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Romans 14 Study Questions

02.14.21 | Sermon Application | by Brian Robinson

Romans 14 Study Questions
    Introduction

    Romans 14 is set within the greater context of loving one another (see Romans 12:10 and 13:8a). The focus of Romans 14 is Christian liberty and matters of conscience. Therefore, Romans 14 offers practical instruction on how God wills for Christians to love one another when we have opposing viewpoints over disputable matters within the faith.

    Read Romans 14 out loud.

    Study Questions

    1. In chapter 14, what are the specific issues dividing the church in Rome? (hint: there are three issues described in verses 2, 5, and 21)

    2. The early church in Rome was made up of Gentile believers and Jewish converts. How does this knowledge shed light on the specific issues dividing the church in chapter 14? (hint: see Leviticus 11:1-2 and Deuteronomy 14:3)

    3. Based on your understanding from question 2, who is Paul referring to as "weak in faith?" in chapter 14:1-2? Conversely, who is implied to be strong in the faith? (hint: one answer is 'Gentile believers' and the other answer is 'Jewish converts')

    4. Building on your answers from questions 2 and 3, why does Paul refer to one group of believers as "weak?" Or, to phrase it another way, what does Paul mean by "weak?"

    5. What does Paul instruct the strong in faith to do? (hint: see verses 1, 3, 13, 15, 19, 20, 21, and 15:1, 2, 7)

    6. What does Paul instruct the weak in faith to do? (hint: see verses 3, 13, 19)

    7. What does Paul instruct all believers to do? (hint: see verses 13 and 19)

    8. What is the big idea Paul presents in order to refocus our attention on what's most important? (hint: see verse 17)

    9. According to Paul, the stakes are high. What is at stake? (hint: see verse 20)

    10. In verses 5 and 14, Paul suggests that the Christian conscience plays a vital role in how we are to respond in disputable matters. Then, in verse 23 he plainly states the consequences of acting in a way that's contrary to our conscience when he writes, "Whoever has doubts is condemned if he eats, because the eating is not from faith. For whatever does not proceed from faith is sin." Read Psalm 149:1 and Hebrews 10:25 and consider the following question:

    On the subject of wearing a mask in church, how can you apply the principles that we find in Romans 14 in light of the purposes that we find in Hebrews 10:25 and Psalm 149:1 (see lists of principles and purposes below)?

    Principles for reconciling over disputable matters:
    • Accept one another
    • Do not look down on one another
    • Do not pass judgement on one another
    • Do not put a stumbling block or hindrance in the way of one another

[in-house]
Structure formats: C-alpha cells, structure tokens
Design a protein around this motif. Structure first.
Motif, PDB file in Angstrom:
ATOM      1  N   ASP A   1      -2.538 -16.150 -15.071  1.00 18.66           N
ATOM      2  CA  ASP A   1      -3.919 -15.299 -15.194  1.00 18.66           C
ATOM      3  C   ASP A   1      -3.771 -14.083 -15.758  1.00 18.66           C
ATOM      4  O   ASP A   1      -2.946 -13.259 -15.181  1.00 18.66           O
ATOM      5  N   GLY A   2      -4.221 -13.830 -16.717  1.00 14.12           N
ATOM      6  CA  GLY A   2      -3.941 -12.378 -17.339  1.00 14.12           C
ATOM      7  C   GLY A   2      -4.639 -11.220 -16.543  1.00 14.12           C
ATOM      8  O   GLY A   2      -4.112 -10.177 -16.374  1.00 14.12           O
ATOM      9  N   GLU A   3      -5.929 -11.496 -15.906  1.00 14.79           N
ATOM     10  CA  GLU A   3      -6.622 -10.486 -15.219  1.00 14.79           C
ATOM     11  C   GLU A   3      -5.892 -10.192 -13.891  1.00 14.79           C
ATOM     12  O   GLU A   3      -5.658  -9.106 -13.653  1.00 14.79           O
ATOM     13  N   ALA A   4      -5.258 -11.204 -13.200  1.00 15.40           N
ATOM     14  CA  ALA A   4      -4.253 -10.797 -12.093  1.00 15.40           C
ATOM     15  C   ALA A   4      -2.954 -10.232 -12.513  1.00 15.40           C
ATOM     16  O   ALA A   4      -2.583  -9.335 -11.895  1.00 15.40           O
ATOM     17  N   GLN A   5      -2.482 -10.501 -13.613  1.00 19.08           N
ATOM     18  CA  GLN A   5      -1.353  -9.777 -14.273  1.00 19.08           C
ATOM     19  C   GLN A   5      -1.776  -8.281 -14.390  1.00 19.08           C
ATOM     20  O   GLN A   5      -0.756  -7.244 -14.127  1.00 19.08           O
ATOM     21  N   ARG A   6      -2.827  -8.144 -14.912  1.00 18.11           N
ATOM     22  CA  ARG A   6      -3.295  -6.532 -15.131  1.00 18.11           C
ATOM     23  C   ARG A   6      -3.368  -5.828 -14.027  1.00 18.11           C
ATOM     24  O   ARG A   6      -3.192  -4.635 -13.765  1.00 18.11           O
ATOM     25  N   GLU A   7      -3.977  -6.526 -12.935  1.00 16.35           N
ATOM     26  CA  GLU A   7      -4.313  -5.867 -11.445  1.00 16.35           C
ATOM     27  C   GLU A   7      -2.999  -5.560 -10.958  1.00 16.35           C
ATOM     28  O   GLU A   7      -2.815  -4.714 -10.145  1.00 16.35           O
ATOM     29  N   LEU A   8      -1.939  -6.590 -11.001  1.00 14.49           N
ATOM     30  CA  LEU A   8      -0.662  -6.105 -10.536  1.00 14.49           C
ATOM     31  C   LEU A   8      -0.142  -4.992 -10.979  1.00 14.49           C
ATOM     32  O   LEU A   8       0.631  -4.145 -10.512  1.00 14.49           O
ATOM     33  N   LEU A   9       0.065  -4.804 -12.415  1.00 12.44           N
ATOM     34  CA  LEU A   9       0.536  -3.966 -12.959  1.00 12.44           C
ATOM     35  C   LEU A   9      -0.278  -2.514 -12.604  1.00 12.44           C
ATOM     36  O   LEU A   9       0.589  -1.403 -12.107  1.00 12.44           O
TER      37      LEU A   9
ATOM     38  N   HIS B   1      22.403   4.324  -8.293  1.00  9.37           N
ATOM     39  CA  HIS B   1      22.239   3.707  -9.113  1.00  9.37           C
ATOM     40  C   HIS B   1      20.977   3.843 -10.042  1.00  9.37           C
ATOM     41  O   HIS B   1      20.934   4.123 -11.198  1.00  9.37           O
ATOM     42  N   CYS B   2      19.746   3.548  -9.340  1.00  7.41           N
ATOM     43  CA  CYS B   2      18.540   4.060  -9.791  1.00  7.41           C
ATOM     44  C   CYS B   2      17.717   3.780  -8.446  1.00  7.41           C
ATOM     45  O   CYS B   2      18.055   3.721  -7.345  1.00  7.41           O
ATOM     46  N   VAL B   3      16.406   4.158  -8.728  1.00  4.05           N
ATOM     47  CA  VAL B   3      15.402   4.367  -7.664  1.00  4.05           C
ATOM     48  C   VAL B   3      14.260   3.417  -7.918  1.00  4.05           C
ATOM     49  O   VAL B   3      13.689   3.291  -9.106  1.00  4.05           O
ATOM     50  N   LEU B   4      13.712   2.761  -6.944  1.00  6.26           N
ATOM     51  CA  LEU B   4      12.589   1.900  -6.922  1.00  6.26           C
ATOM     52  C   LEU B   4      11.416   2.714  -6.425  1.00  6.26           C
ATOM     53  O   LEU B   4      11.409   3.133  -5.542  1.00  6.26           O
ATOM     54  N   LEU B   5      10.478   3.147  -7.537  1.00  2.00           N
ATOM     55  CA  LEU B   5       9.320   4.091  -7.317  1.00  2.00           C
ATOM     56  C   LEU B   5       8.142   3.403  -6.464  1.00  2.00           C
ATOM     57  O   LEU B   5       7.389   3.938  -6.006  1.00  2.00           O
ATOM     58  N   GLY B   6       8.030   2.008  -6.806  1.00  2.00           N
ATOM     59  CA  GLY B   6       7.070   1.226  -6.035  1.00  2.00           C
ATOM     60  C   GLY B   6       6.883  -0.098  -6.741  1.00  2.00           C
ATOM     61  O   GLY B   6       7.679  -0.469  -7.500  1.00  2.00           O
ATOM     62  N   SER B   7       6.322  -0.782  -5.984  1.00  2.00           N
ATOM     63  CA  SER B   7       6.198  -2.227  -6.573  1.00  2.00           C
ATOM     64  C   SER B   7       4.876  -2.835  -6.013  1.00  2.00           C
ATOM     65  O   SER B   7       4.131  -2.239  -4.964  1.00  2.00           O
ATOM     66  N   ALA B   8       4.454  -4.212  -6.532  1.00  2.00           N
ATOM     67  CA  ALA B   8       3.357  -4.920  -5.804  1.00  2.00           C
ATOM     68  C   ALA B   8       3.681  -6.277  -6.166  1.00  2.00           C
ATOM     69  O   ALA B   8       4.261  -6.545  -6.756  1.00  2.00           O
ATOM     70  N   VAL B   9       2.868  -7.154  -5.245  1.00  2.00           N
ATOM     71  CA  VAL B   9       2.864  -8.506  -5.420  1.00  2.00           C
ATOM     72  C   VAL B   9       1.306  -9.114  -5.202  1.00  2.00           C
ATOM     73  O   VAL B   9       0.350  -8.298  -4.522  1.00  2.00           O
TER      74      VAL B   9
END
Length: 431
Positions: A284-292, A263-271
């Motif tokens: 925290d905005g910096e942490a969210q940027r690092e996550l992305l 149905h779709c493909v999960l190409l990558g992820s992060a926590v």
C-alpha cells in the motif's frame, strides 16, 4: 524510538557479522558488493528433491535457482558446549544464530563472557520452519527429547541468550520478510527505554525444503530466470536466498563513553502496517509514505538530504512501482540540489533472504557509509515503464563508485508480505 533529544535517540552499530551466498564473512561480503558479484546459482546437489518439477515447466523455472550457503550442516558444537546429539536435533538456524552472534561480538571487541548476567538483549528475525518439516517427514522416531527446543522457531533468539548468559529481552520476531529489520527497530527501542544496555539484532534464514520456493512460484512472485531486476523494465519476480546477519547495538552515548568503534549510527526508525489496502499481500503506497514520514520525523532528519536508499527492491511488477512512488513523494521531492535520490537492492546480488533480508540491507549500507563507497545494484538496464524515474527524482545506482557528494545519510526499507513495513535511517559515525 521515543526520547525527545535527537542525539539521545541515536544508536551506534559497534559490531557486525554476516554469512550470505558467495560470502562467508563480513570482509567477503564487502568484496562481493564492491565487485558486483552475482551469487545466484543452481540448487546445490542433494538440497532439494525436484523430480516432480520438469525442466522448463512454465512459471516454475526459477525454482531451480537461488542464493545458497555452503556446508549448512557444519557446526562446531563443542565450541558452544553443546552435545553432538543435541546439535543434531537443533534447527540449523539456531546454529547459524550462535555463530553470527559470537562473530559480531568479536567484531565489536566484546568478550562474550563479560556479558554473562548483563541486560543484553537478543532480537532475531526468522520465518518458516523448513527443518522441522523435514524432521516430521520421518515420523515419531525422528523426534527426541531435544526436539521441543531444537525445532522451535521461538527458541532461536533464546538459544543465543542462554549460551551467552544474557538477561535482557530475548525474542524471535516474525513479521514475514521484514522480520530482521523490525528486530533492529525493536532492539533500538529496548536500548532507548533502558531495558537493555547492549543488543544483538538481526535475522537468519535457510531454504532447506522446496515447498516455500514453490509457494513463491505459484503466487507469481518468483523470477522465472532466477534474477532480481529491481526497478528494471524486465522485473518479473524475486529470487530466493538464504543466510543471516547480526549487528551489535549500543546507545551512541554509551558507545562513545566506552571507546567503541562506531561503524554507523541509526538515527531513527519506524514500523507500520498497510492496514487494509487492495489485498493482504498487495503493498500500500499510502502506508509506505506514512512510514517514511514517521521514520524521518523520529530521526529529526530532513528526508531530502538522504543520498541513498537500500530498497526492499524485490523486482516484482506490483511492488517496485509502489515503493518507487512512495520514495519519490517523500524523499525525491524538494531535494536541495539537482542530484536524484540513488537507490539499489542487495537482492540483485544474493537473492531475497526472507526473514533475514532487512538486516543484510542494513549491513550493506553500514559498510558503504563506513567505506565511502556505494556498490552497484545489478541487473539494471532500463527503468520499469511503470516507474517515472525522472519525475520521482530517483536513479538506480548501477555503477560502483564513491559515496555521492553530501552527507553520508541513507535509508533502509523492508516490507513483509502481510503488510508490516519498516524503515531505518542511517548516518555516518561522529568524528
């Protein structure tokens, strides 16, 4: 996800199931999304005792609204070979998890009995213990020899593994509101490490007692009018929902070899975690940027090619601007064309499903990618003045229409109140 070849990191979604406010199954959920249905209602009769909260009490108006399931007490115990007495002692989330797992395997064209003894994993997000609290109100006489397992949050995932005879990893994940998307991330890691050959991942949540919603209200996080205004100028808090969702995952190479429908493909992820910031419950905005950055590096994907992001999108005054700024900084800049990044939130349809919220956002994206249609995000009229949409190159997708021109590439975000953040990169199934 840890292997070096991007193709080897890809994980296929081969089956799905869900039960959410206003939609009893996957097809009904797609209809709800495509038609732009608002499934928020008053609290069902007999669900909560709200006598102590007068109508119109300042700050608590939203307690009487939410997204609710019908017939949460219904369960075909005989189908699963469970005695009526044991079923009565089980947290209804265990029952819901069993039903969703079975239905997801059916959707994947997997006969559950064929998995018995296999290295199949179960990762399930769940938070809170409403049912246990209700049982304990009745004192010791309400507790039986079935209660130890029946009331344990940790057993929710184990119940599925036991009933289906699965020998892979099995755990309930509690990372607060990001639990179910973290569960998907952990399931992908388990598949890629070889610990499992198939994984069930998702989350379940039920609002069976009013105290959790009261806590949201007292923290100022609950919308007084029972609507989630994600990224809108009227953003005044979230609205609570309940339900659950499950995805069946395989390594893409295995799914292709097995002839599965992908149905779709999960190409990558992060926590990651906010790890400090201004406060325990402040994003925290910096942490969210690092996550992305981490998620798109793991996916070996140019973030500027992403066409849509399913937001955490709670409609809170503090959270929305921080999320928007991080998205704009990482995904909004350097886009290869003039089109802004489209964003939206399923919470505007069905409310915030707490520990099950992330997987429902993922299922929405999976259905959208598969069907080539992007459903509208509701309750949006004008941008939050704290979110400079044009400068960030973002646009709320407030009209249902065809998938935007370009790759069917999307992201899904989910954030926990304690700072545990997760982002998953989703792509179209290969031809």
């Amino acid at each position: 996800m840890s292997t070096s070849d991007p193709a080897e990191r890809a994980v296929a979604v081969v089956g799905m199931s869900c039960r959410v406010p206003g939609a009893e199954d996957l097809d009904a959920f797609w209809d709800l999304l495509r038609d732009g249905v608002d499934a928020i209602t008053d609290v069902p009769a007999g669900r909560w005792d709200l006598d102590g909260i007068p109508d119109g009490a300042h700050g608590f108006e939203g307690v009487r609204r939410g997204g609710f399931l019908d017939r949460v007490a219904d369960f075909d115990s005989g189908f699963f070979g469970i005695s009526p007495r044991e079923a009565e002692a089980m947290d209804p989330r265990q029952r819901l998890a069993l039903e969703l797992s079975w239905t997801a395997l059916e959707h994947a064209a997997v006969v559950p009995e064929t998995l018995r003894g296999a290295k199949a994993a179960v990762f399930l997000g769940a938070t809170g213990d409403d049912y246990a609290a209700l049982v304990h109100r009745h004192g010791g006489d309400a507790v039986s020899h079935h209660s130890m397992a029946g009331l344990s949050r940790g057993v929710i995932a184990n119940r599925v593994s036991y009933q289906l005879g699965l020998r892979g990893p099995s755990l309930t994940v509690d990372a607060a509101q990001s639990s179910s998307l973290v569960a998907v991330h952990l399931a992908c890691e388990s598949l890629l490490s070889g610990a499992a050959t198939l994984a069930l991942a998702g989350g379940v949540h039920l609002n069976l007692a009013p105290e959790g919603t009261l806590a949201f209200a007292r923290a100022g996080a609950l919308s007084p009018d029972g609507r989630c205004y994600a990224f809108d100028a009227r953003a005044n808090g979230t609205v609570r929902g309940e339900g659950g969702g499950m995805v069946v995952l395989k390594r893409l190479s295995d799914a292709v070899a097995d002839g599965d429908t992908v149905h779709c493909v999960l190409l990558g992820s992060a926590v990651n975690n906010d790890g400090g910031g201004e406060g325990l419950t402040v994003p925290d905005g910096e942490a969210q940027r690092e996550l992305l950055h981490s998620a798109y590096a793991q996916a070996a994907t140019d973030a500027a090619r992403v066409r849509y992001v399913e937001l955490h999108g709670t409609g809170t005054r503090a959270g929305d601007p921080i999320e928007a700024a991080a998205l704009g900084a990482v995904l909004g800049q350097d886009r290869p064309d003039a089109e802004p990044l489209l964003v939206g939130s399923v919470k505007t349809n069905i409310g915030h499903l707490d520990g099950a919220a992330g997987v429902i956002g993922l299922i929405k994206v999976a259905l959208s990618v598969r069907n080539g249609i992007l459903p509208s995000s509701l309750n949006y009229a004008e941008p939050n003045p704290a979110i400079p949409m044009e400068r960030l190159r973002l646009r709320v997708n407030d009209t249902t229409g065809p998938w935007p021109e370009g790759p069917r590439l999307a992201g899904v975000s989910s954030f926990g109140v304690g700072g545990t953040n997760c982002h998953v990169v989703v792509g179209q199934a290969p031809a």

• Do not violate your conscience before God
    Purposes for gathering for worship
    • Sing to the LORD
    • Stir up one another to love and good works
    • Encourage one another
    Answers

    1. Permissible food and drink, and the observance of holy days

    2. The Jewish converts had come into the faith from a lifetime of observing the Law of Moses. Specifically, the references to food and drink were references to the dietary laws put in place by God to teach his people that they were to be separate from the nations around them. The Gentile believers, however, came into the faith from a pagan background and were under no such compulsion.

    3. Paul is referring to Jewish converts as being weak in faith and he implies that the Gentile believers are strong in faith.

    4. The "weak" are the Jewish converts whose faith is sincere, but who are still living under certain dietary restrictions from Jewish ceremonial laws or traditions which are not binding on the Christian life or conscience. Paul refers to these believers as "weak" because they do not yet have a strong (i.e., accurate) grasp on the doctrines of the Christian faith with respect to these matters.

    5. Welcome the weaker brother (v1), do not despise or look down on the weaker brother (v3), do not pass judgment on one another (v13), do not use your Christian liberty to destroy your weaker brother for whom Christ died (v15), pursue what makes for peace and for mutual edification (v19), do not destroy the work of God (v20), do not do anything that causes your brother to stumble (v21), bear with the failings of the weak (15:1), please your neighbor for his good, to build him up (15:2), welcome one another as Christ has welcomed you (15:7).

    6. Do not pass judgment on your brothers and sisters who have Christian liberty in disputable matters (v3), do not pass judgment on one another (v13), pursue what makes for peace and for mutual edification (v19).

    7. Do not pass judgment on one another (v13), pursue what makes for peace and for mutual edification (v19).

    8. Paul reminds the church that the kingdom of God is not a matter of eating and drinking but of righteousness and peace and joy in the Holy Spirit.

    9. The work of God in every believer's life is at stake. Do not destroy it.

    10. Read Romans 12-15:7, pray, think, discuss. Repeat.